-BY EDWIN ARLINGTON ROBINSON
“Richard Cory,” which first appeared in the Children of the Night and remains one of Robinson’s most popular poems, recalls the economic depression of 1893. At that time, people could not afford meat and had a diet mainly of bread, often day-old bread selling for less than freshly baked goods. This hard-times experience made the townspeople even more aware of Richard’s difference from them, so much so that they treated him as royalty. Although the people were surprised that Richard came to town dressed “quietly” and that he was “always human when he talked” (that is, he did not act superior), they nonetheless distanced themselves from him. This distance is suggested by the narrator’s words “crown,” “imperially,” “grace,” “fluttered pulses,” and “glittered.” The townspeople never stopped to consider why Richard dressed and spoke the way he did, why he came to town when everyone else was there, or even why he tried to make contact with them by saying “good morning.”
Richard was wealthy, but (as his name hints) he was not rich at the life-core of himself. Despite his efforts at communal connection, Richard’s wealth isolated him from others. He was alone. If the townspeople wished they were in his place because of his wealth, he in turn wished he were one of them because they were rich in one another’s company. The townspeople failed to appreciate the value of their mutual support of one another, their nurturing communal togetherness. So one hot, breezeless summer night (before the availability of electric fans or air conditioners), Richard lay awake, unable to sleep or to stop painful thoughts. Depressingly lonely, he ended his friendless life. The poem’s reader is supposed to understand what the townspeople did not understand about Richard’s suicide: that there was a price, in a human rather than in a monetary sense, that he paid for being perceived to be “richer than a king.”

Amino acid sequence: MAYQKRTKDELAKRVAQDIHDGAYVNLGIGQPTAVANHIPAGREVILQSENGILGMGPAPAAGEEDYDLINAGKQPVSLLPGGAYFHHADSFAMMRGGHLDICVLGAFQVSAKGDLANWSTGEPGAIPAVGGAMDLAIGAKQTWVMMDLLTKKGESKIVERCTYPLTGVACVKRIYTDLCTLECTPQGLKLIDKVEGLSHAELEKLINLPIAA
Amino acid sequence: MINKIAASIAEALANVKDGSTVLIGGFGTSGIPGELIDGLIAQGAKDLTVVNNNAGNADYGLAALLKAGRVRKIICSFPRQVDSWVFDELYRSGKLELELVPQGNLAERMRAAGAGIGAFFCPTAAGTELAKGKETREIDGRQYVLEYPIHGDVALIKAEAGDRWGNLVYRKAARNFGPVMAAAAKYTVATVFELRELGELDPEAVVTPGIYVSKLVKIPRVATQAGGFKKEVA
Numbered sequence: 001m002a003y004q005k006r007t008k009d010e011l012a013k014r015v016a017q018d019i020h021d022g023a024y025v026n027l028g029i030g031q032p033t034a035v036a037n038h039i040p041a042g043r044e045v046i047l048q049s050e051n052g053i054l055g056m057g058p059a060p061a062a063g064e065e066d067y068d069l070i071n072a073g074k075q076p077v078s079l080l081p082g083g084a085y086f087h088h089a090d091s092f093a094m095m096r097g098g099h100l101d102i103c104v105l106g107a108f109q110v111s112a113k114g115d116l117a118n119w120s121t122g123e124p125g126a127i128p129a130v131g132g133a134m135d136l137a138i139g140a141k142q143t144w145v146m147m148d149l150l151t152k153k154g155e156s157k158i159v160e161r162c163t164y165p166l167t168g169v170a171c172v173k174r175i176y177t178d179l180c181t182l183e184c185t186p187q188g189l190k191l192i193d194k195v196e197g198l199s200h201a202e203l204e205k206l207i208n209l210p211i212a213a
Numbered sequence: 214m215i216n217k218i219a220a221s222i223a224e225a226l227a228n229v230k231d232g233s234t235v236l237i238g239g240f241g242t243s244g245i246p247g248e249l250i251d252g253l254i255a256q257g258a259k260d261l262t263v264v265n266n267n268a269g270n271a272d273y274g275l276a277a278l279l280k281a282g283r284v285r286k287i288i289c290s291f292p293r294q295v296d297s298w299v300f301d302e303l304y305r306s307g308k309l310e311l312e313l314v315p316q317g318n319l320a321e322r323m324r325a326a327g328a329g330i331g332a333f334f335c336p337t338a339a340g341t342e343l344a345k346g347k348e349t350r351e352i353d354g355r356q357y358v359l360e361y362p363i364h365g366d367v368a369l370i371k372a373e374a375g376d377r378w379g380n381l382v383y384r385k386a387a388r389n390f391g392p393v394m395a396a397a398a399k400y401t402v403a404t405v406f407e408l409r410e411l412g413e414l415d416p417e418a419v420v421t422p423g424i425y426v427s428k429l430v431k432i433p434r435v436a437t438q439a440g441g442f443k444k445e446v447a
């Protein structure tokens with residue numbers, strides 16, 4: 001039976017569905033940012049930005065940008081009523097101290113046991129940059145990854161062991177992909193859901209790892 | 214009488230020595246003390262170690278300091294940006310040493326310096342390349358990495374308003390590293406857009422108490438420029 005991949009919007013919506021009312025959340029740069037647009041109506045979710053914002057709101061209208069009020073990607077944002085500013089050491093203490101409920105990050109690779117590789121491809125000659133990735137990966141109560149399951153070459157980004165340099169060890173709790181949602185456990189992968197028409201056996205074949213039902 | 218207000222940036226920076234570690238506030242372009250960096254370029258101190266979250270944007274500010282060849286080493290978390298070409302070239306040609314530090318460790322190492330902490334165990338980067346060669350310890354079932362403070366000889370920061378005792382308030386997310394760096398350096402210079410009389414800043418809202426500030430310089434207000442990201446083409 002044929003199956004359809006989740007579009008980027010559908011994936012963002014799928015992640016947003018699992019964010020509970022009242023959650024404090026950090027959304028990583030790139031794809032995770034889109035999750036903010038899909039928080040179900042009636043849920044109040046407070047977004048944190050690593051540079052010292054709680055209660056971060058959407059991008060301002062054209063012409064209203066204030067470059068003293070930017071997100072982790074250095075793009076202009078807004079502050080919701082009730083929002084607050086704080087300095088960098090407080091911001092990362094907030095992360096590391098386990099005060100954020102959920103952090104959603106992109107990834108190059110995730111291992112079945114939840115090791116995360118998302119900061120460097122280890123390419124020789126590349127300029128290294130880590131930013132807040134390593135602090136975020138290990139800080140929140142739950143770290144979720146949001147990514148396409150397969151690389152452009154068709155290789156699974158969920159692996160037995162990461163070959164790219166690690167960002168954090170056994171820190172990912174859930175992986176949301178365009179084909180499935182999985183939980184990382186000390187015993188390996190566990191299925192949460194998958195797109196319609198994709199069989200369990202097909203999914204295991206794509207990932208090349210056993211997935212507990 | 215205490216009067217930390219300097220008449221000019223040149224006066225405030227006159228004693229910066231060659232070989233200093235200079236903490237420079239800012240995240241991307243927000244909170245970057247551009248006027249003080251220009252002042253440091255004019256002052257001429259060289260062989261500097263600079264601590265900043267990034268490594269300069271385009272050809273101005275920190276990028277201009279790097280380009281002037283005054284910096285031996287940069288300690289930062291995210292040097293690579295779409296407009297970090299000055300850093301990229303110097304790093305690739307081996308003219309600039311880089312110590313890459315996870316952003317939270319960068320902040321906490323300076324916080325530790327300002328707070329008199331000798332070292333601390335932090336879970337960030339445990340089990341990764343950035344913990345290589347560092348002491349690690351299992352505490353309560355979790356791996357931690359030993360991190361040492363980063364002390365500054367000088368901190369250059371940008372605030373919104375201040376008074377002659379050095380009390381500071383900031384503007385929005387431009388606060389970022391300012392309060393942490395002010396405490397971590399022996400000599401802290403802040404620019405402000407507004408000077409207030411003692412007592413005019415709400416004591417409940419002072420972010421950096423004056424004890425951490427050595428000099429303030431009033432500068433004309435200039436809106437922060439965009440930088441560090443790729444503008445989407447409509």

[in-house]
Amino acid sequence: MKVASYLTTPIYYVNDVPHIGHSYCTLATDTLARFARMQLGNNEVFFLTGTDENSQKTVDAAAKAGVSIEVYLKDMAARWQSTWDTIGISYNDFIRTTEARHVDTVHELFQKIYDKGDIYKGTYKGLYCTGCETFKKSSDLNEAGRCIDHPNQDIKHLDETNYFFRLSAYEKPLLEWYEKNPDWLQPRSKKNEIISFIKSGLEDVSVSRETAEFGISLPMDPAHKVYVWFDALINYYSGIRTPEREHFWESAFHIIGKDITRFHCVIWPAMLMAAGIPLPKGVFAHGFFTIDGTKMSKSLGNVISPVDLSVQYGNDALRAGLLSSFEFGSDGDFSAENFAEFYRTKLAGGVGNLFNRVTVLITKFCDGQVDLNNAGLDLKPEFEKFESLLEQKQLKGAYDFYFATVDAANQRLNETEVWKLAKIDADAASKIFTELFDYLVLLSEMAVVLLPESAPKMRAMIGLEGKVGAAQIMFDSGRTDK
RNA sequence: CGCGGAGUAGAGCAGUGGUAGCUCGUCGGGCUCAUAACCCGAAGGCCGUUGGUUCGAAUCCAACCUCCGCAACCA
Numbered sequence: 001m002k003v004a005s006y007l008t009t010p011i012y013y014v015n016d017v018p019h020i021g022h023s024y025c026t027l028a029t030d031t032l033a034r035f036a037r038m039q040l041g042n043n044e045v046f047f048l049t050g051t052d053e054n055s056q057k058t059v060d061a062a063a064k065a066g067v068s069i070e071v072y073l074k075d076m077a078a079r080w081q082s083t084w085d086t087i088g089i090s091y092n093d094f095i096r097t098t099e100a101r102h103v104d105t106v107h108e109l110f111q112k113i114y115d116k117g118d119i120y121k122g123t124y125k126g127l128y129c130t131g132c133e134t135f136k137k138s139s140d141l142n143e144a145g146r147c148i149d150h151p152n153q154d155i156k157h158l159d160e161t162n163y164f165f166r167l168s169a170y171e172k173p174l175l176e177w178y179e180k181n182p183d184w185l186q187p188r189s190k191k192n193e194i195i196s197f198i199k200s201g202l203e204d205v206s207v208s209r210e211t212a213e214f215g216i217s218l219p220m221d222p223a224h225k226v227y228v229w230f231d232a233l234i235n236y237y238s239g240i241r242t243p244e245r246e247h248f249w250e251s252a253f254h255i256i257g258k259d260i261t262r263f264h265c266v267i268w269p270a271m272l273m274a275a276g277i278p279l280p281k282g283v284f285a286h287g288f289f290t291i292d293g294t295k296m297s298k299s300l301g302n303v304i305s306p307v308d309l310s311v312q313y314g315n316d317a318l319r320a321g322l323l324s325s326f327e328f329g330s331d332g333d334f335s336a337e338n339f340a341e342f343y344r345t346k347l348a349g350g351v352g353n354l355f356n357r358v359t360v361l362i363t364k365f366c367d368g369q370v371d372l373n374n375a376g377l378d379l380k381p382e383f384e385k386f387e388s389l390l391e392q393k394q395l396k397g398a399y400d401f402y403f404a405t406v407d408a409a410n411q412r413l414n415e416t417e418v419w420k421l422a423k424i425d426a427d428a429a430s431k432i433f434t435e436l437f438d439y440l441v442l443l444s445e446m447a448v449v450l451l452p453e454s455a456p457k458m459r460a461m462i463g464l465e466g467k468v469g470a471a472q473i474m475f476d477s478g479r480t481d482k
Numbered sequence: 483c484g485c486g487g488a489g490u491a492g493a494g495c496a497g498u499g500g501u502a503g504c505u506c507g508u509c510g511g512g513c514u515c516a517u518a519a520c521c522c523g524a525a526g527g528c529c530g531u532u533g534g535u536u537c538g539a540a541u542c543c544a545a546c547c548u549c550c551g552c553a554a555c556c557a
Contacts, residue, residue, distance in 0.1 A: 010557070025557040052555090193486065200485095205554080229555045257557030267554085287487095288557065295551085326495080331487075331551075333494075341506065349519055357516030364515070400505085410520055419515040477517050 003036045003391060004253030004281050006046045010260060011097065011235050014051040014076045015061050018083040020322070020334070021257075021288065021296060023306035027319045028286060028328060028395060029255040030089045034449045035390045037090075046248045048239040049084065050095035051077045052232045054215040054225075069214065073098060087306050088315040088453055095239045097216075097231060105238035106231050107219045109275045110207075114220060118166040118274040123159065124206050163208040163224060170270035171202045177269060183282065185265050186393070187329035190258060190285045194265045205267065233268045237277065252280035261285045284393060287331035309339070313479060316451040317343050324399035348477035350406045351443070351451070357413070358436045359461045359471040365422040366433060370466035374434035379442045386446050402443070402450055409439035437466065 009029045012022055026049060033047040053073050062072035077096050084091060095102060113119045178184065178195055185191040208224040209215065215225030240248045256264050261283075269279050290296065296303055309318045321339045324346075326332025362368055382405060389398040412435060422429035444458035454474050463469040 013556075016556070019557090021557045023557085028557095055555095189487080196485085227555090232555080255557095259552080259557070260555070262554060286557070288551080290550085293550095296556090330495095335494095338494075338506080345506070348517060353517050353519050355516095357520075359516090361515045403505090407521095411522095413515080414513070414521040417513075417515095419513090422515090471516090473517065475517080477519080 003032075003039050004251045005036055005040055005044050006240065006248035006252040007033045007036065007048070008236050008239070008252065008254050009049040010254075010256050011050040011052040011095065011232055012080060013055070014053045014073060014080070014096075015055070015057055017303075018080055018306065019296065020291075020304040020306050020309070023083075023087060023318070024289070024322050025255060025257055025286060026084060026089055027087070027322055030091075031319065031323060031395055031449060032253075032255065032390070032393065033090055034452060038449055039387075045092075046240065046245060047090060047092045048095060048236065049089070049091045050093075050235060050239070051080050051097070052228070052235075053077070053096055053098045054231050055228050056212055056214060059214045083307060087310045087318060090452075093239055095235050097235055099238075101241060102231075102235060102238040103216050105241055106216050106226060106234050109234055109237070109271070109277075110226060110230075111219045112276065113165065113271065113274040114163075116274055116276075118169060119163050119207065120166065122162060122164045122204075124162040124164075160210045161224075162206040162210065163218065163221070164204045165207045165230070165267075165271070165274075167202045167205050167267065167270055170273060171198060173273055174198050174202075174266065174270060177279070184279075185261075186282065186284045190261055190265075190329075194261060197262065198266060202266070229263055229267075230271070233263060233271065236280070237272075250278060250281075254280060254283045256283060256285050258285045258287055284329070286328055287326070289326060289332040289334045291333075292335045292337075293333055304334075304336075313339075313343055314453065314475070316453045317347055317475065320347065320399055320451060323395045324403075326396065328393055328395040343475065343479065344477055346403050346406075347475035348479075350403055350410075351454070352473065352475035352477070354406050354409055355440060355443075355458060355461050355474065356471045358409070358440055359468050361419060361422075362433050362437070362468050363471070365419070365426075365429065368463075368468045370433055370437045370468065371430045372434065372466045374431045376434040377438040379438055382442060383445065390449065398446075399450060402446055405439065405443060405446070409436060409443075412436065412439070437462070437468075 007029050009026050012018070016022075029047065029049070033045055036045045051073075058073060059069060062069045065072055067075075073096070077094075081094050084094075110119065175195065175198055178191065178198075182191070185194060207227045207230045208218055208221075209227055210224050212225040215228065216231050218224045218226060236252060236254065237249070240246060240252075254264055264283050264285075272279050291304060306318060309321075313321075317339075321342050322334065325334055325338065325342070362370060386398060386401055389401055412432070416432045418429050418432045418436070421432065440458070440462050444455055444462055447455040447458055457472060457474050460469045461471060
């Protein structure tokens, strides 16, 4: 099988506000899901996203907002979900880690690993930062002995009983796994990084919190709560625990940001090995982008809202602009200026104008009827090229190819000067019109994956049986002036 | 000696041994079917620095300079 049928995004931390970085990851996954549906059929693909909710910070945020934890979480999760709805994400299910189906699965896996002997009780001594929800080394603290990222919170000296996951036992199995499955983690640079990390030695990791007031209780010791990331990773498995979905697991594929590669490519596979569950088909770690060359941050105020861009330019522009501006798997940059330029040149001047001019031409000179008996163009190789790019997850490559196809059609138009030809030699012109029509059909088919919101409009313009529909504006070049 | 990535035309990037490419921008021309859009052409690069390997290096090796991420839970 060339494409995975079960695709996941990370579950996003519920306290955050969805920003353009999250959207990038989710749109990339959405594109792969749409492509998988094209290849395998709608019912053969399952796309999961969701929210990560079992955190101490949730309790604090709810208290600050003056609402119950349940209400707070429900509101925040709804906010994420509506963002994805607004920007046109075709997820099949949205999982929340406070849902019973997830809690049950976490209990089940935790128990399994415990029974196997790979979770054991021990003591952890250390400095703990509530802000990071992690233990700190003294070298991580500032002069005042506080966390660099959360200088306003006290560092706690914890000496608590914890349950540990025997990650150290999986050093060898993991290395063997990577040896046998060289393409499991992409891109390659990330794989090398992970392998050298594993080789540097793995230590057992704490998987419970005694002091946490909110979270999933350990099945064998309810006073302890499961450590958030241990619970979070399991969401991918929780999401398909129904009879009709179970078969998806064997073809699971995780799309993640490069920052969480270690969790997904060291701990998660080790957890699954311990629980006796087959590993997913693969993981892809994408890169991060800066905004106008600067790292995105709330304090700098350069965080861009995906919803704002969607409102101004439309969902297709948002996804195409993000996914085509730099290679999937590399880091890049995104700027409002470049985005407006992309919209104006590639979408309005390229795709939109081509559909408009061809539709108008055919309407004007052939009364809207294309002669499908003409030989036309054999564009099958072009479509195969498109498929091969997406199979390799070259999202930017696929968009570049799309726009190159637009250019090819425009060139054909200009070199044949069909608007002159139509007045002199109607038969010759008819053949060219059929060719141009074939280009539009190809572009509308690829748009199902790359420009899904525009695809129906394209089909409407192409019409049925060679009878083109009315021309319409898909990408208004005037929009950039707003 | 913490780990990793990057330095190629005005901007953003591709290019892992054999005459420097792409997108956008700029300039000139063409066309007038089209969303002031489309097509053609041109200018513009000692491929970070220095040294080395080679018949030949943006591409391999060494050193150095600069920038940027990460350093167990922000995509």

SUMMARY AND CRITICAL ANALYSIS
The speaker of this poem belongs to the lower class. When Richard Cory went to the city, the speaker and his friends would look at him. Richard Cory looked a perfect gentleman. He seemed to be enjoying all the advantages. He was well dressed. He talked very politely. But when he said good morning, he would be over-excited. The jewellery he wore would shine brightly. He was richer than a king. He was trained in every kind of polite behavior. The speaker was jealous of him and wished that he had been Richard Cory. The working class people would work hard but they could afford only bread, not meat. They heard that one night Richard Cory went home and shot himself dead. 'Richard Cory' is a character sketch of a legendary character who lived in the poet’s native town of Gardiner, Maine. This modern American poem quietly exposes the irony of a rich gentleman’s life. Cory was the only son of an extremely rich merchant who ‘owned’ almost half the place. He was everyone’s ideal and dream. But he killed himself suddenly, without apparent reason. The incident has become the subject matter of other poets also, but Robinson’s viewpoint and meaning is unique. Irony is the main feature in the poem. Richard Cory is basically an ironic poem. It deals with the irony that rich people are not happy with their life, and the poor think that wealth is the guarantee of happiness. There is also another more general irony about human beings. The speaker also says that they did not eat the bread they could get and they went without the meant that they could not get. They cursed the bread they could get! This is an irony; those who get something like something else, something better, and those who do not get it are dreaming for it, somewhere. The poem Richard Cory by Robinson has also been described as a modern ballad by some critics. It is in simple four line stanzas and a rhyming scheme as abab. It is tragic and has a moral. It is also dramatic in a...
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